Ultimately - the world's rallying to help. I think that's a good thing. Simplistic? Perhaps. Last night, on tv, I watched a mother and a father each carrying a dead child away from rows and rows and rows of dead, festering bodies. The children looked like they were sleeping. Now, that's simplistic enough for me, right now.

K

nakdthoughts
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9 posted 12-29-2004 09:40 PM       View Profile for nakdthoughts   Email nakdthoughts   Edit/Delete Message      Find Poems  View IP for nakdthoughts

It's awful Severn, the pictures on tv and on here...the interviews..it is almost an
unbelievable occurance and no manner of help will ever make up for the losses...

it is unequaled in its devastation and there will be many more deaths in the days/weeks/months to come, from diseases...

it is a world problem...a humanity problem that will affect the whole civilized world

M
Brad
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10 posted 12-29-2004 09:52 PM       View Profile for Brad   Email Brad   Edit/Delete Message      Find Poems  View IP for Brad

Like we need a 9.0 earthquake to criticize Bush?

I guess we should be happy with what we get. My mother called me yesterday and asked if I was okay. How many Americans know how to read a map?
Brad
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11 posted 12-29-2004 09:56 PM       View Profile for Brad   Email Brad   Edit/Delete Message      Find Poems  View IP for Brad

75,000 and counting.

NY Times, Bush outlines aid plan.

Have we done enough?
Mysteria
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12 posted 12-29-2004 10:08 PM       View Profile for Mysteria   Email Mysteria   Edit/Delete Message      Find Poems  View IP for Mysteria

Did anyone ever see the movie, "It Could Happen To You" with Nicholas Cage where he promises to split his lottery winnings with a waitress in lieu of a tip?  The bottom line was that the money was not important to this policeman, or waitress.  How this movie ends makes a huge statement on what charity, and love actually is.  The citizens of New York opened their hearts and mailed them $2. here, $5. there, $50., and so on, and it amounted to $600,000 when they finish opening all their mail, enough to keep her coffee shop, and start thier lives over but together.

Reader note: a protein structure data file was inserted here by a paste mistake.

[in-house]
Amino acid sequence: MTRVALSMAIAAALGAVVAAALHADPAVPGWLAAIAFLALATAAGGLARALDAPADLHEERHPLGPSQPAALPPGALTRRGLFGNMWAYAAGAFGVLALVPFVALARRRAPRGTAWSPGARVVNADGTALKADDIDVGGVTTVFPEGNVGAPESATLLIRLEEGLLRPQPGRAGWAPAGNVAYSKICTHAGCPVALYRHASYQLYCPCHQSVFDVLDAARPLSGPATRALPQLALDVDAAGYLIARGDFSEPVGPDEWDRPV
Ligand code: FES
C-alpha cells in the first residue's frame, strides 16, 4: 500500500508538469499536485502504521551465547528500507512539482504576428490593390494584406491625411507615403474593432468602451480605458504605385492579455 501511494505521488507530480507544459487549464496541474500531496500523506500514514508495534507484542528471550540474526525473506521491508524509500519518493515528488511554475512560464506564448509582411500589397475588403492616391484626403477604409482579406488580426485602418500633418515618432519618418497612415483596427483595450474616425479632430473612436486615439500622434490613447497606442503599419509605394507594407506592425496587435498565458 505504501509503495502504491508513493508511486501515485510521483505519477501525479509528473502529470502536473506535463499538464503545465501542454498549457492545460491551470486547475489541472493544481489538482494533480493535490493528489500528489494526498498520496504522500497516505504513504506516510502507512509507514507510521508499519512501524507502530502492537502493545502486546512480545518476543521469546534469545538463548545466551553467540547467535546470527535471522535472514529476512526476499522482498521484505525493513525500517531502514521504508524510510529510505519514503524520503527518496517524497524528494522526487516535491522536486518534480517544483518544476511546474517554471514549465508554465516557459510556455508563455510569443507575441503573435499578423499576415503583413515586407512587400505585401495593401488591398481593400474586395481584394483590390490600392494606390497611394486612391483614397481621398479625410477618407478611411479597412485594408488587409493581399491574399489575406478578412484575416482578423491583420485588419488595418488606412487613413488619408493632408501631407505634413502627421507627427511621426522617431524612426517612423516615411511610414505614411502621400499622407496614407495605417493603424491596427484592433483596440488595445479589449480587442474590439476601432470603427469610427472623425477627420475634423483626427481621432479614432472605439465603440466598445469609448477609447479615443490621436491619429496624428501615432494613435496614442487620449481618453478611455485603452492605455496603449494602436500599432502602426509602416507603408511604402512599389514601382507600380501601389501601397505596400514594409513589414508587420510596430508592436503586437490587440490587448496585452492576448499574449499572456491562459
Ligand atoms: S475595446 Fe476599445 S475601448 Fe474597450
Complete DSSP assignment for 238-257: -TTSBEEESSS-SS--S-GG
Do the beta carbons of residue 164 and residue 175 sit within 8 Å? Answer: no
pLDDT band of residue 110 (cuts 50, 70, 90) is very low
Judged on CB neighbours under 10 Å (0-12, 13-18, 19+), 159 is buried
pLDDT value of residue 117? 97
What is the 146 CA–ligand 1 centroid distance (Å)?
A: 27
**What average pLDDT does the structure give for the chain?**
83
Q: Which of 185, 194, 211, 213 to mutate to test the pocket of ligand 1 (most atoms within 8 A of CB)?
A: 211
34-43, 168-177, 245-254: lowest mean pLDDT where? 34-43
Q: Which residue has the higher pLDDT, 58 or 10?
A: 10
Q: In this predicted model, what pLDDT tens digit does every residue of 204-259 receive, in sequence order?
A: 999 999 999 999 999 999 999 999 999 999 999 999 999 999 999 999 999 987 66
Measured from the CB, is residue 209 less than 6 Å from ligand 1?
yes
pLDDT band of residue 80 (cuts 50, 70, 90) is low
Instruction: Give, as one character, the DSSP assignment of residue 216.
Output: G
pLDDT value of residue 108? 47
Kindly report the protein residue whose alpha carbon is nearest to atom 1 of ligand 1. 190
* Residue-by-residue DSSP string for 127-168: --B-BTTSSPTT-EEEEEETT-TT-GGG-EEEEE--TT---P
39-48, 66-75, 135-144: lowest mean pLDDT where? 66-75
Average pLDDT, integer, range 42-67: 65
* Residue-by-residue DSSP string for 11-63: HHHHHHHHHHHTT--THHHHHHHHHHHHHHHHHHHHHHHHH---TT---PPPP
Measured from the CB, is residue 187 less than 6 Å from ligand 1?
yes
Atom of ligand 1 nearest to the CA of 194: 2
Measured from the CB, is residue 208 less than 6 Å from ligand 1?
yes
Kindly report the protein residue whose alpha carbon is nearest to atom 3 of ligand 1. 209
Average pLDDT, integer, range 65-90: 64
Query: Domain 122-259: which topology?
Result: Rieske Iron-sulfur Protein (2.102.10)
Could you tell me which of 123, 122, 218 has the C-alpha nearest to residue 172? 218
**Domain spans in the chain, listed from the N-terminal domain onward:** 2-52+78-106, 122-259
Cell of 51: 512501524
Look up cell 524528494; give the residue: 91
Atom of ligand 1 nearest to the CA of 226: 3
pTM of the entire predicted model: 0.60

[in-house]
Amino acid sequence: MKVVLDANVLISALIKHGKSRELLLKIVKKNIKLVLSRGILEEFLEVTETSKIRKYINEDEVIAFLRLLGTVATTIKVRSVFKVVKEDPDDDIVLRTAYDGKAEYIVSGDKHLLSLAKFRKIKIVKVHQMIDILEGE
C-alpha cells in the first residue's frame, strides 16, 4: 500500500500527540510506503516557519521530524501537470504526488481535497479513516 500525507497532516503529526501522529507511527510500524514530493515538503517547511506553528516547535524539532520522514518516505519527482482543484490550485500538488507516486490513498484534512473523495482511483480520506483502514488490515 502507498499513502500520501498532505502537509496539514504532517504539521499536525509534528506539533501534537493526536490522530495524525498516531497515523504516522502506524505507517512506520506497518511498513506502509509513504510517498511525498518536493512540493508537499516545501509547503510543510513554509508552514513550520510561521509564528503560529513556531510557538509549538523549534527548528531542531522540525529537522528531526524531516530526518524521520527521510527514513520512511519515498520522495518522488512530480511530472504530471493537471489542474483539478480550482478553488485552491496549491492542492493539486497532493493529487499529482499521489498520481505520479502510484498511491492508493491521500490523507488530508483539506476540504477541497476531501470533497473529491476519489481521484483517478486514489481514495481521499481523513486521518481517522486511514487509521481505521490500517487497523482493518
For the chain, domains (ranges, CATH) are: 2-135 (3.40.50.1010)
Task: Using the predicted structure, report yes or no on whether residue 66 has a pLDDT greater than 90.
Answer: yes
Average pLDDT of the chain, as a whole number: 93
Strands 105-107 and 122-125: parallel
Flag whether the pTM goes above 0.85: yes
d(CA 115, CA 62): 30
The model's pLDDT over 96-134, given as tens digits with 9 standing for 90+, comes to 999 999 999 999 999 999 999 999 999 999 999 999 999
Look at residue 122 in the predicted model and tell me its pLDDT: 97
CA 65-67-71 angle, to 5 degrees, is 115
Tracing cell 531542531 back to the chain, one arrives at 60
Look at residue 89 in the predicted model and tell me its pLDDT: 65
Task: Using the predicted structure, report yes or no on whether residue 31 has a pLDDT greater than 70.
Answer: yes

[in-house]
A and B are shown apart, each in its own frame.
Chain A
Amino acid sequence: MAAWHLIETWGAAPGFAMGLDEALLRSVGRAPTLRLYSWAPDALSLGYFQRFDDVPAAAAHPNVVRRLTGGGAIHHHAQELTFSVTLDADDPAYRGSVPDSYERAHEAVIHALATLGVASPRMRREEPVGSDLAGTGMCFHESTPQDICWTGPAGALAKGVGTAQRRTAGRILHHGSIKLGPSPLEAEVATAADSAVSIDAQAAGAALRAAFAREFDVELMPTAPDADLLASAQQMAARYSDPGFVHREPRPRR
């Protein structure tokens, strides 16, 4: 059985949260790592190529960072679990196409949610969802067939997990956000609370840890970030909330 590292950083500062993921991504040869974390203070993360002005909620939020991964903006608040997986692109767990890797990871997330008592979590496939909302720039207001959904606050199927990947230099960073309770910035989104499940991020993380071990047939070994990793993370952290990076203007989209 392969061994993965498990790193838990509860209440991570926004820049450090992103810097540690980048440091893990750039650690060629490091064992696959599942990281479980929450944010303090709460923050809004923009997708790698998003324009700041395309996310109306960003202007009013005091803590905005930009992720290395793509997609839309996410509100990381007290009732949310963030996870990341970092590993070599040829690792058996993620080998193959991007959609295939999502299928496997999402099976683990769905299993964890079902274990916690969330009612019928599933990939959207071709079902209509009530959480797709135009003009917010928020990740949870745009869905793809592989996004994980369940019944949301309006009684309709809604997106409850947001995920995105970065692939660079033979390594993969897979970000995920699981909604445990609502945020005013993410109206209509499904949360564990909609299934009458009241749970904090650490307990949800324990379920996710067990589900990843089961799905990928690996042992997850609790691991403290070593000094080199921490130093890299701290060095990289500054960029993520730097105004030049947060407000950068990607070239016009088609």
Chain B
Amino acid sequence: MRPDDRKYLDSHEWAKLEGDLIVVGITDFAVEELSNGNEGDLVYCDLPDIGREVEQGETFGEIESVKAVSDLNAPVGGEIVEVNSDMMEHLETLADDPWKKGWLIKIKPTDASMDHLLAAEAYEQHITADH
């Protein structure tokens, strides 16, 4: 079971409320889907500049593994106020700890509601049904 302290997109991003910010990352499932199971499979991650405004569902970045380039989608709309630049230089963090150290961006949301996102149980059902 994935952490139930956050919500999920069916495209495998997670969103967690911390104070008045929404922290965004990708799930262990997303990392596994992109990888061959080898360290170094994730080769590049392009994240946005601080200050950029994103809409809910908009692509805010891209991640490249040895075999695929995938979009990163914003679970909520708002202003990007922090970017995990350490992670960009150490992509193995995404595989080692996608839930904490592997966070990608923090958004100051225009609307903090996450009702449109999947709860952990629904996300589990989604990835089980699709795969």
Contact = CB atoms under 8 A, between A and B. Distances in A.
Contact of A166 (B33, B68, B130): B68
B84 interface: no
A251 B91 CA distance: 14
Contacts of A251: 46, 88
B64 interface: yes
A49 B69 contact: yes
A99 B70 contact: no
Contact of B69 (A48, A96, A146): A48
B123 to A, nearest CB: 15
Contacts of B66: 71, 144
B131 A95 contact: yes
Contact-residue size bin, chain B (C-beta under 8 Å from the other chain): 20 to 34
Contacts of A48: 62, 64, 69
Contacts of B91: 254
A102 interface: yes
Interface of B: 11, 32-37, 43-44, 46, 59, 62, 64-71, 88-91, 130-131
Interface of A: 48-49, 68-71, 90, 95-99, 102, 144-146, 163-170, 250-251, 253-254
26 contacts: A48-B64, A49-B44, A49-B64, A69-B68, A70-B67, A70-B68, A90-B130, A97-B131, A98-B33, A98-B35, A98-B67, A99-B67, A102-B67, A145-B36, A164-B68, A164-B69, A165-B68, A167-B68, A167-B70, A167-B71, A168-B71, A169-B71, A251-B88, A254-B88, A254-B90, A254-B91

If every person who could - sent even a very small charitable amount to one of the agencies collecting, it adds up to relief, and that is what is needed period.

Another thing to note is that even in Sri Lanka they have put their political differences away for now to help with this disaster and work together.  That has to say something about the magnitude of the need there right now to stop disease from running rampant.

A piece from the link below:

"In a national address Tuesday, Sri Lanka's president, Chandrika Kumaratunga, asked the country to shed its ethnic differences and invited the Tigers to join a relief effort.

And on Wednesday, the leader of the Tamil Tigers made his own peace offering, issuing a statement of condolence to the southern Sinhalese, his sworn enemy.

In Manalkadu, none of this matters. Nobody talks politics here anymore."


http://www.kansascity.com/mld/kansascity/news/world/10524547.htm?1c

I would like to think we all still live in a world that we can care about each other, and if I am dreaming - please, don't wake me.

If you want to know how to help - I wrote a little senryu,  and on it is all the information you need to help. http://piptalk.com/pip/Forum91/HTML/002463.html


Severn
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13 posted 12-29-2004 10:50 PM       View Profile for Severn   Edit/Delete Message      Find Poems  View IP for Severn

They've stopped counting the dead now.

I'm not sure we can count this as a 'disaster.' A disaster is something we think of, in general, as an event that we recover from; the return from the event is signified as a recovery to the same position we started from. We don't stop counting the dead in disasters.

There will be no recovery from this. Instead it will be a reshaping.

Whole indigenous Indian tribes lost. Landmasses shifted. The world tilting on its Axis? Infrastructures destroyed...

My God. This beggars belief.

Many people will all do their little bit, Noah, like you have and those little bits will add up. I read today that Bush stated that the pledge 'is just the beginning' of what the US will offer.